“The Spirit and the Bride say, “Come.”

As we come by the Spirit to celebrate Immanuel’s sacrifice of flesh and blood, we look forward with the Spirit to Immanuel’s return.

Categories
Lord's Day Liturgy

The Will of His Throne

I recently finished rereading Dante’s Paradiso, the third part of his poetic journey that starts with a tour through hell and ends up in the highest heaven. The whole epic is called The Divine Comedy because it has a happy ending, at least for those in heaven.

One part that stood out to me again is an explanation given by an occupant of the lowest part of heaven that Dante encountered, and, according to his celestial geography, the part furthest away from God’s throne. Dante asks if those in this circle are disappointed that they are not and cannot move closer. Here is the answer:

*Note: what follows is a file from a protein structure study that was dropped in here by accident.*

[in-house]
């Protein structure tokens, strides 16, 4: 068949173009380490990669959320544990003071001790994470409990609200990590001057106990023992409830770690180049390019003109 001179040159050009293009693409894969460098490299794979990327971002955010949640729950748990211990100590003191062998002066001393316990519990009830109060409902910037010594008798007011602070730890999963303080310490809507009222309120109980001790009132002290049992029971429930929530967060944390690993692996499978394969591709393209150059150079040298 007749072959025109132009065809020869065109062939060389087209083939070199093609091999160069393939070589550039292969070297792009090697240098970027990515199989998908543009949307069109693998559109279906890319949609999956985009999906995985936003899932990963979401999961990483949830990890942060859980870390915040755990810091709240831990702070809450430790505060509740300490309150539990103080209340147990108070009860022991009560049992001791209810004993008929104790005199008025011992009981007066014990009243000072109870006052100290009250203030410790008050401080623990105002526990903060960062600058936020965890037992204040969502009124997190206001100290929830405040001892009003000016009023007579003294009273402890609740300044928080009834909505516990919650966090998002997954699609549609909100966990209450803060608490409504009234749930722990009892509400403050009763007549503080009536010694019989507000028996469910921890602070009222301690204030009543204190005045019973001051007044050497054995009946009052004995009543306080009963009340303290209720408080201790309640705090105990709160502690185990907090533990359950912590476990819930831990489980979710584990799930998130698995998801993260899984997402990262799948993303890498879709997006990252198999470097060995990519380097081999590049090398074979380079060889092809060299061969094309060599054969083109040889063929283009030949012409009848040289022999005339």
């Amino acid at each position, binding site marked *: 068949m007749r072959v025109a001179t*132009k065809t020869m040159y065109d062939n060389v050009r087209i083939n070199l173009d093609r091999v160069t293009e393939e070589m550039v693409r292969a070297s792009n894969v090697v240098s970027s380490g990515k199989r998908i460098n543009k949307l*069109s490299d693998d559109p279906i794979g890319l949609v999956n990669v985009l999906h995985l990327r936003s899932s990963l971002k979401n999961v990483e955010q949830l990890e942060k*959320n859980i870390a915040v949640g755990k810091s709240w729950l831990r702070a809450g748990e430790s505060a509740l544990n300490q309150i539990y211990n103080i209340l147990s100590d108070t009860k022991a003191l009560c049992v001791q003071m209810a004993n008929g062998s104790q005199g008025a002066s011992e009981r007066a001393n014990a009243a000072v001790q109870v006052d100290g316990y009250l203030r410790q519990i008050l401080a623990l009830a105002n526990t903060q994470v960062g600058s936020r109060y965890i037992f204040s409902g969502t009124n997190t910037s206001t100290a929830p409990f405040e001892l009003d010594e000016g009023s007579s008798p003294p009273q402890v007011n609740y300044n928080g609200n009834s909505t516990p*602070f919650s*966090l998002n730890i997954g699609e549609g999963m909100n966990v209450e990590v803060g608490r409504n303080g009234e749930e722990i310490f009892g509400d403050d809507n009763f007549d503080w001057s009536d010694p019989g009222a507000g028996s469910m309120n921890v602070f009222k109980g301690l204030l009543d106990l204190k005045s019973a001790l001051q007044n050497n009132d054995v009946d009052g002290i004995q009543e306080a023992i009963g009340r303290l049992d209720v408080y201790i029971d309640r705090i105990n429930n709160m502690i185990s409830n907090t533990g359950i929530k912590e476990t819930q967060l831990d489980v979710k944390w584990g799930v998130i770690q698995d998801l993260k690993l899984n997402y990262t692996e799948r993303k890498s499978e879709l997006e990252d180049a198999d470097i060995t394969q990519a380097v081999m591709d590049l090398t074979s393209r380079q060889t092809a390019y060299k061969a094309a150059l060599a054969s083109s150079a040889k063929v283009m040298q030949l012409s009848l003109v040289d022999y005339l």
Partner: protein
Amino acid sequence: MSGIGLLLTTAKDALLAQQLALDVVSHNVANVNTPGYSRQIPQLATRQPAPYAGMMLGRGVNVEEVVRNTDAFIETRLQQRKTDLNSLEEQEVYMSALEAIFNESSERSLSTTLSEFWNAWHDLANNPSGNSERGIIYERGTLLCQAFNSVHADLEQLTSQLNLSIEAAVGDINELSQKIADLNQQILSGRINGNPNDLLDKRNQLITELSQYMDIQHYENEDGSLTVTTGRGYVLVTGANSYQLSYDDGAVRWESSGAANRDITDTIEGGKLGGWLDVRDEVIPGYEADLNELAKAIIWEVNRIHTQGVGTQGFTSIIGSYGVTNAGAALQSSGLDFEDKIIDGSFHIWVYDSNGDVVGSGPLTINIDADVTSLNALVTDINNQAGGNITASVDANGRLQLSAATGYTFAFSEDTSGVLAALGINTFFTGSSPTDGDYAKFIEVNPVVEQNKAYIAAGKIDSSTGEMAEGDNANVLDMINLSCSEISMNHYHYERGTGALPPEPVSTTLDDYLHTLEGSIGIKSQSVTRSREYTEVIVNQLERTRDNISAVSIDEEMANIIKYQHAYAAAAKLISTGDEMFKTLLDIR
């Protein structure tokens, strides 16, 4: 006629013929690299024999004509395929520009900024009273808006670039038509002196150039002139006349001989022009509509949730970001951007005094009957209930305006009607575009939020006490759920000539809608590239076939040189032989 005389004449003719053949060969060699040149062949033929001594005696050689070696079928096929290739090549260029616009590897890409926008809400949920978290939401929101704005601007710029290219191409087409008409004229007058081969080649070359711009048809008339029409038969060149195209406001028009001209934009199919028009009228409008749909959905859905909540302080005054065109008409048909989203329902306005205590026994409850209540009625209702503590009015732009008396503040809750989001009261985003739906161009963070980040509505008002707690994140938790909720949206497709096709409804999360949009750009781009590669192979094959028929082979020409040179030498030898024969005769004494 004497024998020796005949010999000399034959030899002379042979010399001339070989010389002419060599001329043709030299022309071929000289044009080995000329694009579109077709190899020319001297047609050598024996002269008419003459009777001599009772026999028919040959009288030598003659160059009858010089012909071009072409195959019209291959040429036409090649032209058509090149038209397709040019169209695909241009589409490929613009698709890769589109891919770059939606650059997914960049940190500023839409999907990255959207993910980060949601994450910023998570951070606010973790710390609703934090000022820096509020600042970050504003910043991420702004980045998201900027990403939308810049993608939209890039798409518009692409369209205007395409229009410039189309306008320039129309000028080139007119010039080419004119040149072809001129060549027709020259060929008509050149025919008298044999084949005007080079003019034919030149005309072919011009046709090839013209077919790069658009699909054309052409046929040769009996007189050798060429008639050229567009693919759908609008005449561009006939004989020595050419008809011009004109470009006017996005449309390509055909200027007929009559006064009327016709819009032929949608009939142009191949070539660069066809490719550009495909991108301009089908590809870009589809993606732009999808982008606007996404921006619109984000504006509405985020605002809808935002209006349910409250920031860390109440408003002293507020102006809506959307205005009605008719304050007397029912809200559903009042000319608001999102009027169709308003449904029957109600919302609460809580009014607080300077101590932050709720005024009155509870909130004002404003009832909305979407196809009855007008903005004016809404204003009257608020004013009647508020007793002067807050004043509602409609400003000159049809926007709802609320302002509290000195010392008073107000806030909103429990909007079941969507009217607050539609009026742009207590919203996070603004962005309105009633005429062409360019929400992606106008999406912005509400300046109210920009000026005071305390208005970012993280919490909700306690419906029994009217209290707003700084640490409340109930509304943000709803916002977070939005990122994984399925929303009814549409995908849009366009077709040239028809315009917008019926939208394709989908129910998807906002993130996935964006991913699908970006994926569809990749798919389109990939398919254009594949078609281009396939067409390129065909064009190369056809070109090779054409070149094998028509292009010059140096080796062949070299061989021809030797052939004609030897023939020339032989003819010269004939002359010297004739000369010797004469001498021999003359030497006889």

“If we desired to be higher up,
then our desires would not be
in accord with His will Who as-
signs us to this sphere;

Indeed, the essence of this
blessed state is to dwell here
within His holy will, so that
there is no will but one with His;

While I don’t think the distance imagery is accurate, this description of heavenly desire is gold. What is heaven? To have our wills match God’s will perfectly. Heaven is where we desire exactly what He desires, perfect contentment with the blessings of His will.

I enjoyed reading Dante’s imaginative effort about heaven while reading the apostle John’s inspired vision in Revelation 4 and 5. At the center of John’s sight is the throne, the place where the Lord God Almighty sits. The throne communicates His glory, and His authority. It is the place where He wills what happens.

Isn’t this exactly how we get into trouble? At best we are ignorant of His will, or we forget it, or we reject it. Of course that is misery, not joy. It is rebellion, not worship. It is hellish, not divine.

And so, from the day we heard, we have not ceased to pray for you, asking that you may be filled with the knowledge of his will in all spiritual wisdom and understanding, so as to walk in a manner worthy of the Lord, fully pleasing to him, bearing fruit in every good work and increasing in the knowledge of God (Colossians 1:9–10)